Skin cells are one thing. Fiber evidence is another. Fiber evidence is often used it court and can convict someone. It is WHERE the fibers are found that make them incriminating. In her bed is not unusual- if she undressed her on the bed (asleep or not) and helped her get ready for bed while still wearing that jacket. But on the sticky side of the TAPE? No way is that innocent. ENTWINED in the cord? Not innocent. In the paint tote? Not innocent, especially when Patsy told LE she never painted in that jacket or wore it in the basement.
    You can't prevent people who live in the house from contaminating a crime scene before the crime happens, so the bed fibers would probably be discounted in court. Even after the fact, the fibers would be expected to be found- but NOT found on items that are exclusively part of the crime. Like the tape, cord.
    THIS time, we get it RIGHT!

    This post is my constitutionally-protected opinion. Please do not copy or take it anywhere else.

  4. #4
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    Quote Originally Posted by DeeDee249 View Post
    Skin cells are one thing. Fiber evidence is another. Fiber evidence is often used it court and can convict someone. It is WHERE the fibers are found that make them incriminating. In her bed is not unusual- if she undressed her on the bed (asleep or not) and helped her get ready for bed while still wearing that jacket. But on the sticky side of the TAPE? No way is that innocent. ENTWINED in the cord? Not innocent. In the paint tote? Not innocent, especially when Patsy told LE she never painted in that jacket or wore it in the basement.
    You can't prevent people who live in the house from contaminating a crime scene before the crime happens, so the bed fibers would probably be discounted in court. Even after the fact, the fibers would be expected to be found- but NOT found on items that are exclusively part of the crime. Like the tape, cord.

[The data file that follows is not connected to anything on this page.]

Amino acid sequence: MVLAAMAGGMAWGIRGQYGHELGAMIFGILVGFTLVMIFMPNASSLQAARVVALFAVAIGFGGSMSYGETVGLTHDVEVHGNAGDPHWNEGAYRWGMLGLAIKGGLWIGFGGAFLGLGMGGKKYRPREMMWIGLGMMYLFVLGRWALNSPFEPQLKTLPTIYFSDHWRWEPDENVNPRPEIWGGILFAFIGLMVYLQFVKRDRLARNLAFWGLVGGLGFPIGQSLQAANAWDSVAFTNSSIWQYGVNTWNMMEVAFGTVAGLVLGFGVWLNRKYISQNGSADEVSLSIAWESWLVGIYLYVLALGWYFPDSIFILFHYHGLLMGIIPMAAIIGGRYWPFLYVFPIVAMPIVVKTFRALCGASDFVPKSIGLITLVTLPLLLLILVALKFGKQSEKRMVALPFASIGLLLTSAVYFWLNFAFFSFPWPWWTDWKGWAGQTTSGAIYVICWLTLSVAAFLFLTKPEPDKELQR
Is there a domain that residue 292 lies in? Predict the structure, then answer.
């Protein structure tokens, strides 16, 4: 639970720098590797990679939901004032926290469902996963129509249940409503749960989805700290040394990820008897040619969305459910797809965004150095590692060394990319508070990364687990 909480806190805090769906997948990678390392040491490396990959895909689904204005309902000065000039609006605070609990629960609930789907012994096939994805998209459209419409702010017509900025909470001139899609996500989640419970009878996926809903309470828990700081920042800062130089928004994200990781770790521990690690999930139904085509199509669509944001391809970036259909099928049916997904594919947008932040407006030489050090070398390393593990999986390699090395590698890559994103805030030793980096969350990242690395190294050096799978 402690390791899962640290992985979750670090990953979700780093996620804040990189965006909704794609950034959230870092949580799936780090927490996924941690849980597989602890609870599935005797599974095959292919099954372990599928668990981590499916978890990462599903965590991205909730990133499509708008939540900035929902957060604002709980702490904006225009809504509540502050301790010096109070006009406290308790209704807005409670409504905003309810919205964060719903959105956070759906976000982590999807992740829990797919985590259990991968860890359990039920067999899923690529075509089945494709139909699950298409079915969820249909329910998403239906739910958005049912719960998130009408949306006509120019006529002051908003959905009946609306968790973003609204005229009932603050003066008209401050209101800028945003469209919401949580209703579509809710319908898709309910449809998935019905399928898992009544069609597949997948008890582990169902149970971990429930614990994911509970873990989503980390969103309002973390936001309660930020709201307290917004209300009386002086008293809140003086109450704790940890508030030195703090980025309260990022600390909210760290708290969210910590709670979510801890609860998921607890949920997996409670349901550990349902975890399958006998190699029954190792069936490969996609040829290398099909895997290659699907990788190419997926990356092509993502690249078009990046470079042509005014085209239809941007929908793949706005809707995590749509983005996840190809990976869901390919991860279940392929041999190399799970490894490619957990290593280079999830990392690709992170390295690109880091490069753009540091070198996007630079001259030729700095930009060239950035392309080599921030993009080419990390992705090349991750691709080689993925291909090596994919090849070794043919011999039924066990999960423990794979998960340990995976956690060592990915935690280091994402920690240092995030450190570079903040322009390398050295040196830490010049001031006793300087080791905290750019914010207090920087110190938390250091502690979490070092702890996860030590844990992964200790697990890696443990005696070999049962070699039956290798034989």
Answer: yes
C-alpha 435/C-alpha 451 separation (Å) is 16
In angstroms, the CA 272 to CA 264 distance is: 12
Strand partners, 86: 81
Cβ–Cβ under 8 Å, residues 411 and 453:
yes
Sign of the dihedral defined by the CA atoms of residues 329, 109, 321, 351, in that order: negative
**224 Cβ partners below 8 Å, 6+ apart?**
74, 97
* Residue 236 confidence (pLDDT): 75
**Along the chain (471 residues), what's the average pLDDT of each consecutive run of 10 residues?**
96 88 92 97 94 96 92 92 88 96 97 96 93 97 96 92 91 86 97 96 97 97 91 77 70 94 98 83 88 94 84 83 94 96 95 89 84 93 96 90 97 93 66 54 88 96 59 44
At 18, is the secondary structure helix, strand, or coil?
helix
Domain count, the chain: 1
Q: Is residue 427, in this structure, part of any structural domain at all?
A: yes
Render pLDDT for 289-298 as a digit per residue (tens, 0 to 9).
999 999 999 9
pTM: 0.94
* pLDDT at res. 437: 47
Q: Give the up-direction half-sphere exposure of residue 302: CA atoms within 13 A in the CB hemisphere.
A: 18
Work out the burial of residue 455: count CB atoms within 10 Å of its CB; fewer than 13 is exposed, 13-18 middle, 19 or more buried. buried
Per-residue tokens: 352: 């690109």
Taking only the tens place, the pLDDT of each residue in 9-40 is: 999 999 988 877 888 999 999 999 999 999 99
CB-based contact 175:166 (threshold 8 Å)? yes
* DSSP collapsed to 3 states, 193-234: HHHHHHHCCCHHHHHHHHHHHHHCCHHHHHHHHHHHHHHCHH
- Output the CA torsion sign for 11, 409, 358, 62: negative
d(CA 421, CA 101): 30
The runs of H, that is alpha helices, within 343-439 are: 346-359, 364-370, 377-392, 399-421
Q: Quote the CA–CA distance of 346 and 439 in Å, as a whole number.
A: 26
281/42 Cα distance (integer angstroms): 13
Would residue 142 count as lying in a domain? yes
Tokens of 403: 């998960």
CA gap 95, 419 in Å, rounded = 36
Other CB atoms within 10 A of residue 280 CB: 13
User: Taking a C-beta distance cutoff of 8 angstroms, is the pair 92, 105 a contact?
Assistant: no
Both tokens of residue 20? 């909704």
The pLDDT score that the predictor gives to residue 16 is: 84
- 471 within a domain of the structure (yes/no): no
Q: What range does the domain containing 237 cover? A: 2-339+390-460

Imo, Patsy screwed up the "plan" and called 911.

    John knew he had to do something about his "cover-up".

    Hence, "finding" JBR can explain the fibre transfer.
    "One man's logic is another man's crazy" - Rossi (Criminal Minds)

  5. #5
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    Quote Originally Posted by DeeDee249 View Post
    Skin cells are one thing. Fiber evidence is another. Fiber evidence is often used it court and can convict someone. It is WHERE the fibers are found that make them incriminating. In her bed is not unusual- if she undressed her on the bed (asleep or not) and helped her get ready for bed while still wearing that jacket. But on the sticky side of the TAPE? No way is that innocent. ENTWINED in the cord? Not innocent. In the paint tote? Not innocent, especially when Patsy told LE she never painted in that jacket or wore it in the basement.
    You can't prevent people who live in the house from contaminating a crime scene before the crime happens, so the bed fibers would probably be discounted in court. Even after the fact, the fibers would be expected to be found- but NOT found on items that are exclusively part of the crime. Like the tape, cord.
    I get what you are saying - but why are fibres being transferred more legitimate as being there via direct contact with the perpetrator than trace amounts of skin cells? Say the perpetrator is John, and he got Patsy's red fibres on him over the course of the evening because it is an item that sheds particularly well. He gets fibres under the sticky side of the tape, fibres that his clothes have shed and/or fibres that have shed ONTO him during the course of the evening. Shed fibres can make their way via secondary transfer. My daughter is covered in cat hair from my mothers, she is now putting it on my couch. It'll be on her father's pants tonight via the couch and he never went near my mother's house.